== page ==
Amid the heated end-of-life care debates that also tend to surface each session, TMA negotiated a compromise under House Bill 3074 by Rep. Drew Springer (R-Muenster) that allows for the provision of artificially administered nutrition and hydration as life-sustaining treatment in certain cases. TMA also negotiated a measure to ensure hospital ethics committees establish policies to handle conflicts of interest; that measure did not pass. Instead, a palliative care and quality of life advisory council established by House Bill 1874 will study an array of issues to increase awareness of and improve access to palliative care. 

TMA also supported House Bill 2541 to ensure health plans cover certain treatments for enrollees diagnosed with terminal illnesses, which did not pass; and House Bill 751 to set requirements for prescribing and pharmaceutical substitution of biologic products, which did. Representative Zerwas authored both bills.

Mental Health Bills Vetoed Amid Other Public Health Gains

Texas took another big step forward on public health, starting with early passage of Senate Bill 97 by Senator Hinojosa. The first-time regulation of e-cigarette sales in Texas applies many existing state rules on tobacco cigarettes to vapor products, foremost barring sales of e-cigarettes to minors. 

"I'm glad we took a stand; finally, Texas is brought into the mainstream with this issue, and we join a majority of states that now have this language in law," Dr. Van Ramshorst said, pointing to studies showing e-cigarette use among adolescents has tripled in recent years. "Teenagers have the perception e-cigarettes are not as dangerous, and they are actually more likely to use them."

TMA Associate Director of Public Affairs Troy Alexander adds that the budget "significantly strengthened" funding for tobacco cessation and chronic disease prevention, while the Ebola outbreak in Texas led lawmakers to dedicate $20 million to surveillance of infectious diseases. Mental health funding, another shared priority among medicine and lawmakers, got a significant boost over last session for services like outpatient treatment for adults and children, autism intervention, and early treatment to reduce neonatal abstinence syndrome.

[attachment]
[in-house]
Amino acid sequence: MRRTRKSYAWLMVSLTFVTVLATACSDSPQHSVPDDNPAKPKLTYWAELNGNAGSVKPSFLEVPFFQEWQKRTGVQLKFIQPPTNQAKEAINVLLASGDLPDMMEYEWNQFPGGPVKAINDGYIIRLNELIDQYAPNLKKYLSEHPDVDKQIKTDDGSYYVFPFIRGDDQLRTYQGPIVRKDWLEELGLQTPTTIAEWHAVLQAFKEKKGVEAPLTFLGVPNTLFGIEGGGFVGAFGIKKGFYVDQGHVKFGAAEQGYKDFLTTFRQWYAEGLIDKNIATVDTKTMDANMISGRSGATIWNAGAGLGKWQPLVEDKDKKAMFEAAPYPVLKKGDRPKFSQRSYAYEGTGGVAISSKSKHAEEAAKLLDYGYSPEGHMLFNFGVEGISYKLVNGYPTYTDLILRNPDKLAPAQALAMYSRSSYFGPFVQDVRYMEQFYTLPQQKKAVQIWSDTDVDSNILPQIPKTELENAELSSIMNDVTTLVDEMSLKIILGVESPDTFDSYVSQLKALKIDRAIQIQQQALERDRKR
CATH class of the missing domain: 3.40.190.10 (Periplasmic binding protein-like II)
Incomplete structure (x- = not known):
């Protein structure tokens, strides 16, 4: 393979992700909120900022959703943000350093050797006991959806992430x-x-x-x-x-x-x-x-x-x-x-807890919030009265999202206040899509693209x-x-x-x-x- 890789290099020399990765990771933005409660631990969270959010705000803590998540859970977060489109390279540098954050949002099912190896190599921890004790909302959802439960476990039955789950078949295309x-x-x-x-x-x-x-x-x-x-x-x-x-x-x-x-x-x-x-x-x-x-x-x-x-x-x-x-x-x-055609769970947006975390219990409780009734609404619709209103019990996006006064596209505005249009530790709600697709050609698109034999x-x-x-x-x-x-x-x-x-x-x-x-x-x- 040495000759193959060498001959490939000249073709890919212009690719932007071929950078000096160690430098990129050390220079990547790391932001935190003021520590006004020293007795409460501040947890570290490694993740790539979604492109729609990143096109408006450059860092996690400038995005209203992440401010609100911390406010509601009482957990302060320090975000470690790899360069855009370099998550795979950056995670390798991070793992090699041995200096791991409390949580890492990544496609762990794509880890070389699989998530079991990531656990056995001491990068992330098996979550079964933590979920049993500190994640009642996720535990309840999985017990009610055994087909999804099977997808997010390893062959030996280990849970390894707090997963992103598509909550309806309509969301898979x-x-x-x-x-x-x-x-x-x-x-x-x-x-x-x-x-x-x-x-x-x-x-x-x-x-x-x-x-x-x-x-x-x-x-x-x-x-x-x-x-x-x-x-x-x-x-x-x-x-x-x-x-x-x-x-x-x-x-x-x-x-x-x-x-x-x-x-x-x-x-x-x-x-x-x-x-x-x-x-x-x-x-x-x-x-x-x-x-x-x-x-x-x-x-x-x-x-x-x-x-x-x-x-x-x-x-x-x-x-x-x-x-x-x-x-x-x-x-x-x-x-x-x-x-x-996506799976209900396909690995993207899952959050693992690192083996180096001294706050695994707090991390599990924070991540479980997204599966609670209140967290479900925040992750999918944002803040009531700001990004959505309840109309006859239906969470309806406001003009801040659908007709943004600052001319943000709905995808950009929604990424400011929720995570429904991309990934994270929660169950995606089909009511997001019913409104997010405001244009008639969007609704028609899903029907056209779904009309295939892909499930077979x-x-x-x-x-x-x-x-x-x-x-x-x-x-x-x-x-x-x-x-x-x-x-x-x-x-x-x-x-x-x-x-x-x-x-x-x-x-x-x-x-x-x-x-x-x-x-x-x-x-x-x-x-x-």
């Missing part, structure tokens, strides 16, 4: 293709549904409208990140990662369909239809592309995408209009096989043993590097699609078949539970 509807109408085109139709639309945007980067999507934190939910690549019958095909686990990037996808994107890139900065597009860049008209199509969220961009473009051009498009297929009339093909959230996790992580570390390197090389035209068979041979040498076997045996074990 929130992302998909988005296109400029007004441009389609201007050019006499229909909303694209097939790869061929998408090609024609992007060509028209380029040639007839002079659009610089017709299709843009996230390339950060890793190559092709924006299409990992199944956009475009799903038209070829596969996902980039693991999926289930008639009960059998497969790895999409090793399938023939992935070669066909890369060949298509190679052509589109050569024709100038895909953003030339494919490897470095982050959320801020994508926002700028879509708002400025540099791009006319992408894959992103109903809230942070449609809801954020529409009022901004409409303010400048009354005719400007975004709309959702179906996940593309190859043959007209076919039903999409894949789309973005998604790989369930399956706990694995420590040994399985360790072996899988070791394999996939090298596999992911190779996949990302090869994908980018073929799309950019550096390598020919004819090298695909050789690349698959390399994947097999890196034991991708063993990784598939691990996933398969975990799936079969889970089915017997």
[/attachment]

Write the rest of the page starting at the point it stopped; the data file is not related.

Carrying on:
Governor Abbott wasted no time, however, taking his veto pen to a top priority of TMA's Behavioral Health Task Force. Senate Bill 359 by Royce West (D-Dallas) would have allowed physicians to initiate a four-hour hold on patients who voluntarily seek emergency care but want to leave even though the doctor believes the patient poses a danger to self or others. Citing "serious constitutional concerns" that "would lay the groundwork for further erosion of constitutional liberties," Governor Abbott vetoed the bill, saying "medical staff have options at their disposal" and "should work closely with law enforcement to help protect mentally ill patients and the public."